Hitpoints

Unlike damage, hitpoints are actually determined on a case-by-case basis. Under most circumstances, every vehicle has its own objects configuration file, which lists hitpoints at spawn, maximum hitpoints, et cetera. Kits have a "common" file which has a similar objects file, which also lists hitpoints. With a few exceptions, for instance the Battlefield Vietnam Heavy Assault, all infantry have 30 hitpoints. Vehicles vary based upon the type, although the material they are made of determines the damage multipliers which other materials can be applied to when used against one another. For instance, all rocket launchers have a 20 times multiplier against most aircraft materials (material 60).

Templates

Almost everything in a Refractor 2 game is based upon a set of object and material templates, which are defined within other file directories. Everything from what the characters wear to what weapons they use to the vehicles that are spawned at the set spawnpoints are determined by a set of object templates in every file. In addition, most object templates are made up of other, less substantial templates. For instance, weapon object templates are usually made up of several, much less substantial parts: a trigger template, a magazine template, a stock template, a chamber template, and a barrel template.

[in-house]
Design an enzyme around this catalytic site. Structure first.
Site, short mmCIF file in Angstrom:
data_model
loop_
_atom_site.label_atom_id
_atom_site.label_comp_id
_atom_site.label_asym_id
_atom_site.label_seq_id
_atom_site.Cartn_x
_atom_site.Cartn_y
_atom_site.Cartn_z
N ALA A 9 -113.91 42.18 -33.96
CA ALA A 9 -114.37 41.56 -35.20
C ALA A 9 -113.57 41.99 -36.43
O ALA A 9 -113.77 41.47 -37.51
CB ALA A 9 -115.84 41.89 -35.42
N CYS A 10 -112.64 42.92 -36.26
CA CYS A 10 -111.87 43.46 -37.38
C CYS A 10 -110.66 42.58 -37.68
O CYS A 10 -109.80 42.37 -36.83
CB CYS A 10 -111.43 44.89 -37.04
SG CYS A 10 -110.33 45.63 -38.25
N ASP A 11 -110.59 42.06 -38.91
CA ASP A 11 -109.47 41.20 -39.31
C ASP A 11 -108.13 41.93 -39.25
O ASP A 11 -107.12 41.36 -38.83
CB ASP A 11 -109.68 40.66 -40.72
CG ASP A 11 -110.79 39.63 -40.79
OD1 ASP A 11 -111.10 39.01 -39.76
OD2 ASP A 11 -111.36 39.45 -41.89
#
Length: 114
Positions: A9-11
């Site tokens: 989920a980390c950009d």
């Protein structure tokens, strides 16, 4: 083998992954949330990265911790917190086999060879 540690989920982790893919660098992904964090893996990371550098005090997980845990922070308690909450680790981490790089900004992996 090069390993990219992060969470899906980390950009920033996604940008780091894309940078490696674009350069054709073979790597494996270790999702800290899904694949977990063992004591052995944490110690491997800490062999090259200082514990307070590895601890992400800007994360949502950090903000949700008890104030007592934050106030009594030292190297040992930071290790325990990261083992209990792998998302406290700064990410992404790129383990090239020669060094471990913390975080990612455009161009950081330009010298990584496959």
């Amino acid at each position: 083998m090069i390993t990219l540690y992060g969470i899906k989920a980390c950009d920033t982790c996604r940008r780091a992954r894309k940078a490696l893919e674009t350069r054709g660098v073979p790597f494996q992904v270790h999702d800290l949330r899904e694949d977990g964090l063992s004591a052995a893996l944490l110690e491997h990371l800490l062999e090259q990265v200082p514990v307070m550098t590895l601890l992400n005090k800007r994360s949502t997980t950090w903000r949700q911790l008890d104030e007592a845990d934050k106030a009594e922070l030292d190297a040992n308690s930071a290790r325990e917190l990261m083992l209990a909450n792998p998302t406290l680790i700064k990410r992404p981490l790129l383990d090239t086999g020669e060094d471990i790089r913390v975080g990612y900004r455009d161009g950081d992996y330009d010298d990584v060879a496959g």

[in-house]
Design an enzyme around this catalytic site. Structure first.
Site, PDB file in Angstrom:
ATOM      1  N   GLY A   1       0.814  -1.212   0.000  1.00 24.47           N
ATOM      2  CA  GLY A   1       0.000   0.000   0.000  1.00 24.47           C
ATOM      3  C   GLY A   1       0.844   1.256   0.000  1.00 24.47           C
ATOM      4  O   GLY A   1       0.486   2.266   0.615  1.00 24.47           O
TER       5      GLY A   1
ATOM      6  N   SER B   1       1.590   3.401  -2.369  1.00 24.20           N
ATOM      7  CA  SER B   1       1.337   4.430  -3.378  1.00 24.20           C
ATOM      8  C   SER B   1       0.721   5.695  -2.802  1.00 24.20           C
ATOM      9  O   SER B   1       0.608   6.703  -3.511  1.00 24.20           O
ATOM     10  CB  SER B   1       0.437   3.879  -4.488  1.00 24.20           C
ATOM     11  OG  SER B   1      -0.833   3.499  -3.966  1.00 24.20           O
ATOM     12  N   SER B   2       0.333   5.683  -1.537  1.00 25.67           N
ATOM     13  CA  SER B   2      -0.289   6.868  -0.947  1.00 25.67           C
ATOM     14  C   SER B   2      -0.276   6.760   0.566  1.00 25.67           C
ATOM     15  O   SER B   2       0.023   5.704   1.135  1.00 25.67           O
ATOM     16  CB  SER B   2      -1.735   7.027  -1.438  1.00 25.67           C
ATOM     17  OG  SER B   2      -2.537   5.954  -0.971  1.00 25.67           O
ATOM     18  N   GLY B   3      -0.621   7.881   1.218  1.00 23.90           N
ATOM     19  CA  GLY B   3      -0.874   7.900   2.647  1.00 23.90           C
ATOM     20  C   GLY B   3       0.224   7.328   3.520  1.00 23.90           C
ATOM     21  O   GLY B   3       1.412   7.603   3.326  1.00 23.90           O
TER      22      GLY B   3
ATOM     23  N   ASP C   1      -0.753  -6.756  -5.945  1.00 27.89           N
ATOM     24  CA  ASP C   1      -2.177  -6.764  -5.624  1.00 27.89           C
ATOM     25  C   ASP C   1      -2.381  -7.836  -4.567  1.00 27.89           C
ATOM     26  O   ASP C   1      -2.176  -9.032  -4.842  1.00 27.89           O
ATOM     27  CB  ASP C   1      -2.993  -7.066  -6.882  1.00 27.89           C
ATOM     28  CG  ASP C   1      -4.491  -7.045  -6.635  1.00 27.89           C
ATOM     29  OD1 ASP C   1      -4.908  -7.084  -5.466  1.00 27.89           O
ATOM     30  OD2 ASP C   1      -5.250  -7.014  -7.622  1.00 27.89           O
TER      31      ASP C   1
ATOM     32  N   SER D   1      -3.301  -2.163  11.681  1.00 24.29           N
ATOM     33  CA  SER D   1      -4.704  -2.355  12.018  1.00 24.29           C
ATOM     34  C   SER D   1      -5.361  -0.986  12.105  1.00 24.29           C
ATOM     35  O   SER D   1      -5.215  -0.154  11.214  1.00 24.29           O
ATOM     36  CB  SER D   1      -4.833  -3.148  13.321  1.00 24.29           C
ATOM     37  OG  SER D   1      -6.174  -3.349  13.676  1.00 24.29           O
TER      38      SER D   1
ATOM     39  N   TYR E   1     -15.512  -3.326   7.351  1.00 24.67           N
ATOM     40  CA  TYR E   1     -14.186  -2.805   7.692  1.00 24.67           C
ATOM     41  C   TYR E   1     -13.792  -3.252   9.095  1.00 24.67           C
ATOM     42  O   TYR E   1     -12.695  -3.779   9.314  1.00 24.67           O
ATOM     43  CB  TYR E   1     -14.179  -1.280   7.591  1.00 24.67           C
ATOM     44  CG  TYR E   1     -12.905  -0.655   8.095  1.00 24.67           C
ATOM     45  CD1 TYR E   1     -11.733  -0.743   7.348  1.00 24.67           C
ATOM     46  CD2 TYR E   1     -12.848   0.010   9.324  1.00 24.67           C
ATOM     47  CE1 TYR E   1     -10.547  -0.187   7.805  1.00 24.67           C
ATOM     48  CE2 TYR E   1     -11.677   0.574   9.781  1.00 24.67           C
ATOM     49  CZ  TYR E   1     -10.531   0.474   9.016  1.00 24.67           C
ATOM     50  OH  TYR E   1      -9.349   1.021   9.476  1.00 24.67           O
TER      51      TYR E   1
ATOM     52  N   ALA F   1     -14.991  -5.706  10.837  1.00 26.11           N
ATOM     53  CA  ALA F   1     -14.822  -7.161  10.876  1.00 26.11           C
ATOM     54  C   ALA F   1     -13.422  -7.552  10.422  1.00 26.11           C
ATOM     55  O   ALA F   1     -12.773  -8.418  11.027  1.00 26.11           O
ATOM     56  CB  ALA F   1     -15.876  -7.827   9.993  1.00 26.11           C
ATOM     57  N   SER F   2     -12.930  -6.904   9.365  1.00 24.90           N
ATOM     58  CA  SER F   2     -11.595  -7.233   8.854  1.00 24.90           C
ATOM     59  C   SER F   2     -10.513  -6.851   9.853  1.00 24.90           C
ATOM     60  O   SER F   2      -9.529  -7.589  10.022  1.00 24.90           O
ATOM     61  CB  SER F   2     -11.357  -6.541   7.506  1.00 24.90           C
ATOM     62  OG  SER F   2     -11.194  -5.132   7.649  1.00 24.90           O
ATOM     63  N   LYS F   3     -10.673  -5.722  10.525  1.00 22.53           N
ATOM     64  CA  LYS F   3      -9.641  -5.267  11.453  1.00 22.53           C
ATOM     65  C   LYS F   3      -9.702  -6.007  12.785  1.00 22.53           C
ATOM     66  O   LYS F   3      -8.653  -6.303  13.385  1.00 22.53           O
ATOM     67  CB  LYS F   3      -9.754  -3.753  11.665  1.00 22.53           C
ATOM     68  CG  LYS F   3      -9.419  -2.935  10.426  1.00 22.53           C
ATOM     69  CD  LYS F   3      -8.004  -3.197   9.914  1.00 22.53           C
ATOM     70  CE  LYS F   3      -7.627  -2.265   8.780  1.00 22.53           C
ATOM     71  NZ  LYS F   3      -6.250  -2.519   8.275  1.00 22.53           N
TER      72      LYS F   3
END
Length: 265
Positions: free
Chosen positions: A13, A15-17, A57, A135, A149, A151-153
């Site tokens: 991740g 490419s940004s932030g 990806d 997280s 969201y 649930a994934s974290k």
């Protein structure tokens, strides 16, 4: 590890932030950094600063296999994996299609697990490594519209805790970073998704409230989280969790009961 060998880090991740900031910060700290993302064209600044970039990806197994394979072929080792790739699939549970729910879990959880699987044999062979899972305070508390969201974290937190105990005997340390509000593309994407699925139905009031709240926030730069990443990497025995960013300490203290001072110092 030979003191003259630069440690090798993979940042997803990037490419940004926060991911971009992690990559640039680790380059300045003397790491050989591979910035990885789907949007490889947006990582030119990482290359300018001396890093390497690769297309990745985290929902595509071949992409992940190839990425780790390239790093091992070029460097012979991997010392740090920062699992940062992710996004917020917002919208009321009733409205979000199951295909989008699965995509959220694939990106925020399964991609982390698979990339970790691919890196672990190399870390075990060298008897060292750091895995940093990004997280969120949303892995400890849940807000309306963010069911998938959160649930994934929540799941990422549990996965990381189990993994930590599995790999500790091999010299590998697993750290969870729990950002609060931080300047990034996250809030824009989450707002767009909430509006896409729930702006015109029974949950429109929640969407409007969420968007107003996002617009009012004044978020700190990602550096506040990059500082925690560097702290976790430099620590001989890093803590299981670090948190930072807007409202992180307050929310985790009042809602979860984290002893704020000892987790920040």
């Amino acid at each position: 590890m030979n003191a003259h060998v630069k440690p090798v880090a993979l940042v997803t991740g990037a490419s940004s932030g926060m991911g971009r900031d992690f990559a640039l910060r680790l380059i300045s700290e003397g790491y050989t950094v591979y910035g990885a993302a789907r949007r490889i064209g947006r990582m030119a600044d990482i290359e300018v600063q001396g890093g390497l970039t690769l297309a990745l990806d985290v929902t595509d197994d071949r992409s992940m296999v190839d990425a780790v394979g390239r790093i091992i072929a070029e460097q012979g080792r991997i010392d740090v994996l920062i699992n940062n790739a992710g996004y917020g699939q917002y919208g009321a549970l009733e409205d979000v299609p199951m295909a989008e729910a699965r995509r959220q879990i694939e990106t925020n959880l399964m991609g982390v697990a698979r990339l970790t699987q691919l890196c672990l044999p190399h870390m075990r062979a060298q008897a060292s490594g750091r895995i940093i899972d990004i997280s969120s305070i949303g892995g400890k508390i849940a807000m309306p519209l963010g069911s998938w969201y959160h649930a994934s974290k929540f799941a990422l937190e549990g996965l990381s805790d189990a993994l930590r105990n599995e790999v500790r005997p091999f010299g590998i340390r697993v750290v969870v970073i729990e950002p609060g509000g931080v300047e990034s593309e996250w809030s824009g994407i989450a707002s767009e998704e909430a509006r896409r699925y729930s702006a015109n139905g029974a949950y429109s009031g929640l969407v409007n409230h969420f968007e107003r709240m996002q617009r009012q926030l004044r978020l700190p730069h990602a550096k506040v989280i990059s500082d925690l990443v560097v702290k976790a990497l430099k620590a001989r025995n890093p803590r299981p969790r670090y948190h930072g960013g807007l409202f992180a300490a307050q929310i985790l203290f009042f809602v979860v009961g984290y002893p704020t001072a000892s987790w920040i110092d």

Templates

The CAR-15's Battlefield Vietnam Objects file. Note all of the objectTemplate lines.

Meshes

Meshes are usually either under the bundledMesh or skinnedMesh file extension. Meshes are the visual representation of weapons, vehicles, characters, et cetera. All meshes seem to have been made with 3ds Max or a modified version thereof, as that is one of the only programs which accept the different mesh filetypes.

There are also collision meshes -- these are what actually determine when a visual mesh is contacting another mesh, or when an object with a visual mesh has been hit, and also determines at what angle projectiles hit the mesh.